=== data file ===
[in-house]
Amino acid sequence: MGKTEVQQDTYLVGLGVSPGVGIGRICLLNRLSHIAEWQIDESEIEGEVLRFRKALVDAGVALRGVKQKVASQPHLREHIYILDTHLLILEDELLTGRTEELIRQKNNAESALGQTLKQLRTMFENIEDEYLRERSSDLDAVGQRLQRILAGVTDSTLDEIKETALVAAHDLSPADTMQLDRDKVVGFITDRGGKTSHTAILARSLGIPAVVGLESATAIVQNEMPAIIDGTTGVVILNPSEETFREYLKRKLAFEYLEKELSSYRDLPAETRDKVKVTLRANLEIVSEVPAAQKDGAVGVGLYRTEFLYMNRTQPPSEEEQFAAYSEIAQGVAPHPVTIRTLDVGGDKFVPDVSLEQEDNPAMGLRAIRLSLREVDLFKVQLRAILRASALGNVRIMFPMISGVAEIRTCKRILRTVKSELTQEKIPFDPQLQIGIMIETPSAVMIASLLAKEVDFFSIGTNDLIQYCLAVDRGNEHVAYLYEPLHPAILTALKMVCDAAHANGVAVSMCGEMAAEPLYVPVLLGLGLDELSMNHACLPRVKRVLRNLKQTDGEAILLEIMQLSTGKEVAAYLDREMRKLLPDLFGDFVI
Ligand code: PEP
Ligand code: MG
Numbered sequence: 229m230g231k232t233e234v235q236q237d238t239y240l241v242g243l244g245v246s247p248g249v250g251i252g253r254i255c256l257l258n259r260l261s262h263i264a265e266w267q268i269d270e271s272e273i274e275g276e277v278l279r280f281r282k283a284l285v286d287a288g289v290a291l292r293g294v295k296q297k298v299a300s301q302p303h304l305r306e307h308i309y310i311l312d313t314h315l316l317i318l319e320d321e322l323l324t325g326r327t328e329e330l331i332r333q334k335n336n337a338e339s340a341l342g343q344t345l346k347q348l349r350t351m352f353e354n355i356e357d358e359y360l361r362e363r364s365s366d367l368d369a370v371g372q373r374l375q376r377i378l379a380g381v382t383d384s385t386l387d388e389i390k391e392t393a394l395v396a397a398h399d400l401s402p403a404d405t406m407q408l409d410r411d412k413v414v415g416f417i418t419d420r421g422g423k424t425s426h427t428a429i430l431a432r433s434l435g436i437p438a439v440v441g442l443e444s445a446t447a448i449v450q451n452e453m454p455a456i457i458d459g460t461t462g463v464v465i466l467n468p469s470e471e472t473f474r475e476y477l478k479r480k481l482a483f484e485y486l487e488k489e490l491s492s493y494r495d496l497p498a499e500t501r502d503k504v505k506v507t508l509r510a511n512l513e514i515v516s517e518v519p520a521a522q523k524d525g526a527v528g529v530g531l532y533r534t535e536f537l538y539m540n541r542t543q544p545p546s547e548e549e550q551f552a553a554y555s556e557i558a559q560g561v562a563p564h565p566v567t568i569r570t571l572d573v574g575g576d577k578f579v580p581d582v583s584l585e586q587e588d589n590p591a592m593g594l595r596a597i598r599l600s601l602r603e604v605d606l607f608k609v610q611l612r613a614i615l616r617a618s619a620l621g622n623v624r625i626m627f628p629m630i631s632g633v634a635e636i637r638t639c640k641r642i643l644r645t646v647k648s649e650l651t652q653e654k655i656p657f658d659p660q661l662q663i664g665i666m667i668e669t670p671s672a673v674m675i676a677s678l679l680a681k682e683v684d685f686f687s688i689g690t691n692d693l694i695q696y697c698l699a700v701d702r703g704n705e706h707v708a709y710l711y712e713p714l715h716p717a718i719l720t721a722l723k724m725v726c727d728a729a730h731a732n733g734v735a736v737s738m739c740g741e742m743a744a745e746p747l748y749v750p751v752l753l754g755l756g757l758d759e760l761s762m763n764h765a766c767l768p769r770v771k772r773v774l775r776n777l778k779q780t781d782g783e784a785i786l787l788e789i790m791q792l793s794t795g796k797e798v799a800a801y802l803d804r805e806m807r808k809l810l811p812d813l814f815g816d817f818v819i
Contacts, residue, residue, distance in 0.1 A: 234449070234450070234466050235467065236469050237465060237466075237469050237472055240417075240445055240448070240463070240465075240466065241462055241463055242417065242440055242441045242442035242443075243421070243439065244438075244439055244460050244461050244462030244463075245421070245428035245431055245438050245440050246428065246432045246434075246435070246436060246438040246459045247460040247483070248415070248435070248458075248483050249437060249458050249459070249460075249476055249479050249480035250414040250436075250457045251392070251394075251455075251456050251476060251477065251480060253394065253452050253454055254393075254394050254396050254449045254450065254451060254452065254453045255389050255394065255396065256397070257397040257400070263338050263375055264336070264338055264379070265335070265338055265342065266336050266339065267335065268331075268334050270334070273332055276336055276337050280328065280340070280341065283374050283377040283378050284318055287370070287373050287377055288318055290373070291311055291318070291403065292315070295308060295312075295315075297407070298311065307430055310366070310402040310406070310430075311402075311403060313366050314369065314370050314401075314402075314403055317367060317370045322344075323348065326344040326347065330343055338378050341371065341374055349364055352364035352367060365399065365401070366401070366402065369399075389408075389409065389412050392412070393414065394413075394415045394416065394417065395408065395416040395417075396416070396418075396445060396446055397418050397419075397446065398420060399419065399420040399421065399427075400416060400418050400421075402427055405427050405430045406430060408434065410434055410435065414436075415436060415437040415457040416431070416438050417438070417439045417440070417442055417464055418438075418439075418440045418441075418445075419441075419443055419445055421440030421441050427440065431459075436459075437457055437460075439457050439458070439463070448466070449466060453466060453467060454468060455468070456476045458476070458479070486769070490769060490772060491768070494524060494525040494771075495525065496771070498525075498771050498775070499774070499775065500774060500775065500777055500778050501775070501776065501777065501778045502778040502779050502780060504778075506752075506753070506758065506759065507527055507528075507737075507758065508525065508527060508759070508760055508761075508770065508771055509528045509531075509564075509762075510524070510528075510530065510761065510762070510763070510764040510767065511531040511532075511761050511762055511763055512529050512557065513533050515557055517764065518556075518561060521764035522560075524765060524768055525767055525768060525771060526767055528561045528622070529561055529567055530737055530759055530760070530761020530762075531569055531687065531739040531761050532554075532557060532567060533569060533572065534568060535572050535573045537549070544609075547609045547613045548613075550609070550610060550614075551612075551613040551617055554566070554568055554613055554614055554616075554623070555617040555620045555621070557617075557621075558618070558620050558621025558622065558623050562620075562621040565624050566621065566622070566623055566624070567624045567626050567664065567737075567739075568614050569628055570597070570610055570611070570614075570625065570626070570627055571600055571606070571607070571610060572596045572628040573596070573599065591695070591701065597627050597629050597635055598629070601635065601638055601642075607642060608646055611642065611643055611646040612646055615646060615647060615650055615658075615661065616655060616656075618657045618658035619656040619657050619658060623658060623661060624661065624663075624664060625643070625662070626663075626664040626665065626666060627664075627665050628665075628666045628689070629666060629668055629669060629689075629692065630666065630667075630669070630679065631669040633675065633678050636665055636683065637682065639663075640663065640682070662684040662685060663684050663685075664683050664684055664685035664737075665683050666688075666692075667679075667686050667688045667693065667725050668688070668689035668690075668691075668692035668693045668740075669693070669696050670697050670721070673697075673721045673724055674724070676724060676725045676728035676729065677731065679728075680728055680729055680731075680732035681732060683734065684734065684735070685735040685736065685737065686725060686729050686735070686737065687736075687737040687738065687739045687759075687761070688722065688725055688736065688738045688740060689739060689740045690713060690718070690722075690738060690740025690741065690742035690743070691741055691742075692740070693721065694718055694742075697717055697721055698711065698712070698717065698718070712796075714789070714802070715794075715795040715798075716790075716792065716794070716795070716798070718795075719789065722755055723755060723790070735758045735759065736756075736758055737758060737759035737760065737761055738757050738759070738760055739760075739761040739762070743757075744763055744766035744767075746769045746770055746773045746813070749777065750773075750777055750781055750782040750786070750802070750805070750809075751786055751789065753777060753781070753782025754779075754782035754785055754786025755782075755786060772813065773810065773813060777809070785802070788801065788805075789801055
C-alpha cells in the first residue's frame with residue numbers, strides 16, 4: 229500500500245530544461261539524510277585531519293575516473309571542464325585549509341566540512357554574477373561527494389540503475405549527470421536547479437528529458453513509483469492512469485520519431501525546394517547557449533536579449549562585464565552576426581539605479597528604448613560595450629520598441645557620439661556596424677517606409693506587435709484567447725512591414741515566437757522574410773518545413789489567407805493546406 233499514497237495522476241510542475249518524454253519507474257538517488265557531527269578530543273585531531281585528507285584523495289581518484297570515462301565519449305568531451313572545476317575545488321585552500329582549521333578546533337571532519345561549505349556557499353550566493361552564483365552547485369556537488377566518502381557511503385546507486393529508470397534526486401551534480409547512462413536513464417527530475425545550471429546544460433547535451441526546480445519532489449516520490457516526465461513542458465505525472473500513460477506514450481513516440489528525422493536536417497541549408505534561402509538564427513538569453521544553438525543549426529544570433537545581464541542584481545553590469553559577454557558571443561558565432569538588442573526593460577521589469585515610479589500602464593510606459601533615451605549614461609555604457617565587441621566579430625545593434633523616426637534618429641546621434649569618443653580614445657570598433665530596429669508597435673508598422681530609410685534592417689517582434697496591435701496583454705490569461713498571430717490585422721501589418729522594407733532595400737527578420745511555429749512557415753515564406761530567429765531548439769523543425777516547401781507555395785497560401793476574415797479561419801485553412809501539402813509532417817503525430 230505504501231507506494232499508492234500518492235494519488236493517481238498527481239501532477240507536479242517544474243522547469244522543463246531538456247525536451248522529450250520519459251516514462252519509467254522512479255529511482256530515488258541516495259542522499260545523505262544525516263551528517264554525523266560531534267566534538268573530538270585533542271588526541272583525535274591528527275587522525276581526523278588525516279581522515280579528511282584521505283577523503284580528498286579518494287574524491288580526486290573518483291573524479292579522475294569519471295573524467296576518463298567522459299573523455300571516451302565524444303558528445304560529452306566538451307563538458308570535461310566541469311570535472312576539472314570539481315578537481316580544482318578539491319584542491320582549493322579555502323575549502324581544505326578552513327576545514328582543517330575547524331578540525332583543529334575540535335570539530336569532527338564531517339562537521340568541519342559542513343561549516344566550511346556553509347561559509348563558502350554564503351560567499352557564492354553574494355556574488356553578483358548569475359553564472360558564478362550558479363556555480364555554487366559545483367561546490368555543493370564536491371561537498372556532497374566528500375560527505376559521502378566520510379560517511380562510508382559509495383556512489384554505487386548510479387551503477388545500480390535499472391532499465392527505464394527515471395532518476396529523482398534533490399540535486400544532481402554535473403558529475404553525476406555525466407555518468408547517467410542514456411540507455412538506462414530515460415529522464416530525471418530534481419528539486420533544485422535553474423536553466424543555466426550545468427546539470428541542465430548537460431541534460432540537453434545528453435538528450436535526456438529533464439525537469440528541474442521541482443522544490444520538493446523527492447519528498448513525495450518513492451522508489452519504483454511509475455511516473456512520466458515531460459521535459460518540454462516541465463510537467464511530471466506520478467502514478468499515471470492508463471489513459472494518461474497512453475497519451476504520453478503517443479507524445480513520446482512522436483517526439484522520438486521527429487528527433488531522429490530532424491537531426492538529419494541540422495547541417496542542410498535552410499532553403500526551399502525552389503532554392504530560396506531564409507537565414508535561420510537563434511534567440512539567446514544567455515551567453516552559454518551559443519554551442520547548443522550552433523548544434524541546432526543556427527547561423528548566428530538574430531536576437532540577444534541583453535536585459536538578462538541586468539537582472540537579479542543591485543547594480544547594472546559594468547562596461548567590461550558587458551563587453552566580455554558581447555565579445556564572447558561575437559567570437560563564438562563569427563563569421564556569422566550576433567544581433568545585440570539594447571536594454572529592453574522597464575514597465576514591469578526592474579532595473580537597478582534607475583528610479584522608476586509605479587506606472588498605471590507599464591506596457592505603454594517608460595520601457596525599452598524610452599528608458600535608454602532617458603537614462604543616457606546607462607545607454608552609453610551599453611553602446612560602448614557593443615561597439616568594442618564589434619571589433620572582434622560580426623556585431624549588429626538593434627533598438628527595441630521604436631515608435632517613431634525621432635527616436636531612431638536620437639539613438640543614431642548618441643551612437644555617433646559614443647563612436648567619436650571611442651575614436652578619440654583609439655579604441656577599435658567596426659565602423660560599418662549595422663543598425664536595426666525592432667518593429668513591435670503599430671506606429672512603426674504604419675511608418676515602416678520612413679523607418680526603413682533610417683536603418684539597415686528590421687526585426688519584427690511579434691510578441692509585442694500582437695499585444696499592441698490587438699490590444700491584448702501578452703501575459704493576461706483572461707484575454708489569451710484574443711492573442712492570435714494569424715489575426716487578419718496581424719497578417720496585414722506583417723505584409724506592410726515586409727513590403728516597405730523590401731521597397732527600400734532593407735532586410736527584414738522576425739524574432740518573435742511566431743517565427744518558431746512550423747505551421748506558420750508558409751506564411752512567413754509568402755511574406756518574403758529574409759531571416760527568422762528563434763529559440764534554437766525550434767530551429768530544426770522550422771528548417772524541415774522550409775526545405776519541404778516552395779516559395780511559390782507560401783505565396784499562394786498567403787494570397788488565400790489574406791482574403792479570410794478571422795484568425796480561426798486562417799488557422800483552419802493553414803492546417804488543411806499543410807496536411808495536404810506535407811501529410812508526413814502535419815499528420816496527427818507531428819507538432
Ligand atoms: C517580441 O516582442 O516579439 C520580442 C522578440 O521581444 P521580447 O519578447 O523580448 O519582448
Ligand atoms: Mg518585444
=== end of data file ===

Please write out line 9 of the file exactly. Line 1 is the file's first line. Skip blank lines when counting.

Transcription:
Ligand atoms: Mg518585444